Twitter and YouTube 'clues' to Islamic State strategy

Twitter and YouTube 'clues' to Islamic State strategy
Social media posts and videos from Islamic State extremists have allowed analysts to pinpoint their movements in Iraq and Syria, highlighting the group's increasing push towards government strongholds.
4 min read
21 June, 2015
IS fighters have made little effort to disguise their locations on social media. [Getty]

Tweets and YouTube videos by fighters from the Islamic State group have left a trail of 'clues', and given analysts an insight into their movements in Iraq and Syria.  

The data compiled by Britain-based analysts from IHS Conflict Monitor shows how the Islamic State (IS) group is probing beyond the territory it currently holds and pushing the bulk of its forces towards Damascus and Baghdad.  

IHS ranks the most reliable Twitter and YouTube accounts from known IS militants, as well as opposition activists and government sources, using the geo-location data from around 4,000 entries a month to map attacks ranging from assassinations to large-scale bomb attacks.   

"The Islamic State is shifting its attention to the weakened Syrian government at the expense of losing territory to the Kurds in northern Syria," said Firas Abi-Ali, head of Middle East analysis for IHS.  

"We see the group's operational reach goes far beyond the territory it controls," he added. "This is a continually expanding project, there is no limit to where they would stop."    

The IHS data from March to May showed IS was making a tactical decision not to launch offensives against Kurdish forces on the northern front, which could leave its forces vulnerable to air strikes.    

"Neither the Kurds nor the Islamic State appear interested in changing that front line," said Richard Jackson, deputy head of political violence forecasting at IHS.  

"That frees up IS fighters to push towards the capitals."  

The exception has been a key border crossing into Turkey, Tal Abyad, which the Kurds recaptured from IS this week. 

Tal Abyad was the main entry point for IS to bring in foreign fighters, weapons and supplies, forcing the group to throw men and resources at trying to defend it.   

But Jackson said that would be an exception, with IS forces continuing to press towards Syrian and Iraqi government strongholds.

"They're not strong enough to take Damascus because the strong Sunni threat in that region is (Al-Qaeda affiliate) Jabhat Al-Nusra and Jaish Al-Islam, but they will push towards the Damascus-Homs road," cutting off the Syrian regime of Bashar al-Assad from his Alawite community's coastal stronghold of Latakia.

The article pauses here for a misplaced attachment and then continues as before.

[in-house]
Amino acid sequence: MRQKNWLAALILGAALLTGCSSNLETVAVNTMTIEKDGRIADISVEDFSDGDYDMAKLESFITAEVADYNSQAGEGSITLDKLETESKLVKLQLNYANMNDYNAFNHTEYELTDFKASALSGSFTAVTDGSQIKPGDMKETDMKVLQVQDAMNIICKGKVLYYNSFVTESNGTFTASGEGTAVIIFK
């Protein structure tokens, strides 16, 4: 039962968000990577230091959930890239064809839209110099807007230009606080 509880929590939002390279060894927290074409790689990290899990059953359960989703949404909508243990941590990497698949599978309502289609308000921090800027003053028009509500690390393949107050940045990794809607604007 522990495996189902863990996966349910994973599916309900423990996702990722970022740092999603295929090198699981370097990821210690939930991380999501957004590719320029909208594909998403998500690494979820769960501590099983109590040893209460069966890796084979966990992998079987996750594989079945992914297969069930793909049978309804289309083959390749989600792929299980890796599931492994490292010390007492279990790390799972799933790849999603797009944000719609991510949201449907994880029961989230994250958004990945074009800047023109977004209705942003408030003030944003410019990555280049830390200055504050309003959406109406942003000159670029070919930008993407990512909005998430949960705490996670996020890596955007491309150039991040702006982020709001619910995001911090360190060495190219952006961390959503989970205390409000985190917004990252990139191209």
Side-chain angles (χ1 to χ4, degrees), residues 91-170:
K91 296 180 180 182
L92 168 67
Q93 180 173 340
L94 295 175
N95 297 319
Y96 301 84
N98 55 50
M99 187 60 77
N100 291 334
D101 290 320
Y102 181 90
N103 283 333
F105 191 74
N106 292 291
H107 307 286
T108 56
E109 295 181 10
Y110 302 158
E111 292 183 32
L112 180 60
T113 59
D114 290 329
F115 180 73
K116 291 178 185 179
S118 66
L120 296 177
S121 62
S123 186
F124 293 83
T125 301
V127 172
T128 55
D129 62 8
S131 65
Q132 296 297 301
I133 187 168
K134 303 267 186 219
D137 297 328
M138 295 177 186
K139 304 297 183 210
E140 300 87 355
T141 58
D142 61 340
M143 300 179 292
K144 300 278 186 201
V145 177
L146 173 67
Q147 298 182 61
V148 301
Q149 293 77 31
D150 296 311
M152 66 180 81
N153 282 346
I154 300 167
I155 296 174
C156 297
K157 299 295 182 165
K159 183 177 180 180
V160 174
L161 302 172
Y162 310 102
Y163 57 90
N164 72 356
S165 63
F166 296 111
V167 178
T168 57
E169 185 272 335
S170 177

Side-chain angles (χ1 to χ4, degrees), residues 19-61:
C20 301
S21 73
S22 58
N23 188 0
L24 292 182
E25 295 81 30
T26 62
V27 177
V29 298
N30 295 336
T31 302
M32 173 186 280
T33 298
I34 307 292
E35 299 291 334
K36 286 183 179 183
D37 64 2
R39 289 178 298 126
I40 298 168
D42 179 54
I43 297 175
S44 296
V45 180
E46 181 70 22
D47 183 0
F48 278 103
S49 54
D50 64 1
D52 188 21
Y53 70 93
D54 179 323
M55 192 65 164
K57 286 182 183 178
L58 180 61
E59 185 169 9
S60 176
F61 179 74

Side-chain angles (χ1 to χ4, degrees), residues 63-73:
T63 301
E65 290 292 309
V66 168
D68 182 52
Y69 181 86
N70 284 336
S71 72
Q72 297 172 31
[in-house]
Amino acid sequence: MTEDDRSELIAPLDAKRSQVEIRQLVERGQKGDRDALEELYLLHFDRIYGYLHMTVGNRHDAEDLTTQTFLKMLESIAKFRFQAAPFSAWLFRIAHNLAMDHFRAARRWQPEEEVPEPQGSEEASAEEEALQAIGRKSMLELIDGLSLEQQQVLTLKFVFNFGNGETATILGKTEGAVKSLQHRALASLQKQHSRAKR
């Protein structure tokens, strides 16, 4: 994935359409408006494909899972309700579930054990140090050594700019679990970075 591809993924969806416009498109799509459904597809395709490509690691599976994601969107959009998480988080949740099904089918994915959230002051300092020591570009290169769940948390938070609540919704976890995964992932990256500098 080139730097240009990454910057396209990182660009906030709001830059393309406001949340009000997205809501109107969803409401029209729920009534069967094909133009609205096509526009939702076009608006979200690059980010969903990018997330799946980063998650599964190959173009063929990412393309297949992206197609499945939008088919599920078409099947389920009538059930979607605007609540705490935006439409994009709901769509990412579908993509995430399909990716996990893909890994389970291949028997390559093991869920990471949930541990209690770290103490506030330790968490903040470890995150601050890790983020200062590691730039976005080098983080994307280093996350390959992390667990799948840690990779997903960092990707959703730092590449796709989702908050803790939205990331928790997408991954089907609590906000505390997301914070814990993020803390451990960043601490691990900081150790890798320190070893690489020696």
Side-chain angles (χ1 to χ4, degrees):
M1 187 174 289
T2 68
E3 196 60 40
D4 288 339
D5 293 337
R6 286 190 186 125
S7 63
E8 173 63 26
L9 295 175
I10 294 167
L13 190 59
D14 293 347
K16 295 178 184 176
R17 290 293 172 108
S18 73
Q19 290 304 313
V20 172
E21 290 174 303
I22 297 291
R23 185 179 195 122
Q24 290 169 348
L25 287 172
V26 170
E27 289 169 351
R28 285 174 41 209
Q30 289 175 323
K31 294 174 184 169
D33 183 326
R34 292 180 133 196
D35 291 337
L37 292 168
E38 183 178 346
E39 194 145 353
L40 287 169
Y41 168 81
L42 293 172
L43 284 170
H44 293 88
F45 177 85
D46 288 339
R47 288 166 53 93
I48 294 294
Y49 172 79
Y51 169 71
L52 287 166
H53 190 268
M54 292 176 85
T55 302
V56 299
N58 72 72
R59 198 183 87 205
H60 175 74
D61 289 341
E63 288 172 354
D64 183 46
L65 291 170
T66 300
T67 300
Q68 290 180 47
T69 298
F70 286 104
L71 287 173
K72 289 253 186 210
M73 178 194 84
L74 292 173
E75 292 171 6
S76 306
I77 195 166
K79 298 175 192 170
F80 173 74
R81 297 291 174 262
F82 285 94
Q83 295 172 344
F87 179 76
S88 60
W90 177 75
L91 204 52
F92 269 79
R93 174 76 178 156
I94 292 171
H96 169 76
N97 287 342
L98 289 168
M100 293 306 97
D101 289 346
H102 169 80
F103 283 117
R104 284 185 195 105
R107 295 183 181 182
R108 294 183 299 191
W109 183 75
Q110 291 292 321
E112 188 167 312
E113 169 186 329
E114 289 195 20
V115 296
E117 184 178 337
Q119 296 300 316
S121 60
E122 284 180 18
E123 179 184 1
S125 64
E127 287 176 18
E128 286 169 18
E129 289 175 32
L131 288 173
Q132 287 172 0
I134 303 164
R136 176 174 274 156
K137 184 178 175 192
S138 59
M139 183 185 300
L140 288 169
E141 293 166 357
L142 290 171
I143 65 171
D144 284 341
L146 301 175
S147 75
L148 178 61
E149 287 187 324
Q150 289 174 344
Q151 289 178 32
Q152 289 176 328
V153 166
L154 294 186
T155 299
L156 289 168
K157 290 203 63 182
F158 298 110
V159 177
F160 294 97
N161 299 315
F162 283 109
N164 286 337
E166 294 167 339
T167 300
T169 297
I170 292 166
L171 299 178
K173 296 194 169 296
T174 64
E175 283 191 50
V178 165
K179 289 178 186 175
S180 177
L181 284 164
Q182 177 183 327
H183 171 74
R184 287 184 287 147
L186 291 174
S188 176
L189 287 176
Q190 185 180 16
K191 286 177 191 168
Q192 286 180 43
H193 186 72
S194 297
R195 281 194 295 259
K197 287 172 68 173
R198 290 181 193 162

"Damascus is important, but Latakia is their home," said Jackson. "That frightens Assad supporters."  

'Divide and conquer' 

Abi-Ali said the team began the mapping project and ranking the reliability of sources in January 2014 to try to sift through the lies from all sides in the war.   

"What we've seen in the Syrian conflict is groups over-reporting their activity to gain credibility. There were a lot of unsubstantiated claims that one side or another was winning," he said.  

Given the speed of their movement, IS fighters have made little effort to disguise their locations on social media. 

"They rely heavily on their mobility, they move between battle fronts quite quickly and effectively, so they are less worried about giving away their location," said Abi-Ali.  

In Iraq, weak security forces and an ineffectual government mean IS is still able to make offensive gains despite a massive international effort involving thousands of air strikes, deliveries of weapons and other equipment and training for Iraqi forces.  

The IHS data shows IS pushing into the capital, with 70 improvised explosive device (IED) attacks in Baghdad between February and April, as well as three suicide bombings.  

"This is about undermining the enemy's will to fight," said Abi-Ali. "In their grander aspirations, it's about inflicting enough casualties that you bring down the government or spark an exodus of the enemy population."    

Some IS operatives were members of the feared intelligence services under the regime of former Iraqi leader Saddam Hussein, and the group has been able to infiltrate towns, villages and tribes to lay the ground for takeovers. 

"They have really well-structured sleeper cells," said Jackson. "The beards come off. They speak against the Islamic State to see who disagrees. It's divide and conquer."  

In the long-term, IS brutality and its totalitarian approach could provide an opening for other militant groups, including Al-Qaeda, which has been displaced by IS as the most active and feared jihadist organisation.   

"Al-Qaeda tends to work with a group to take over an area and then back off, letting the local group run it," said Jackson, citing examples in Yemen and Syria.

"That sort of cooperative approach is more likely to pay dividends than the IS approach of mass executions and killing all the dissenters. But that's long-term, and we're talking years."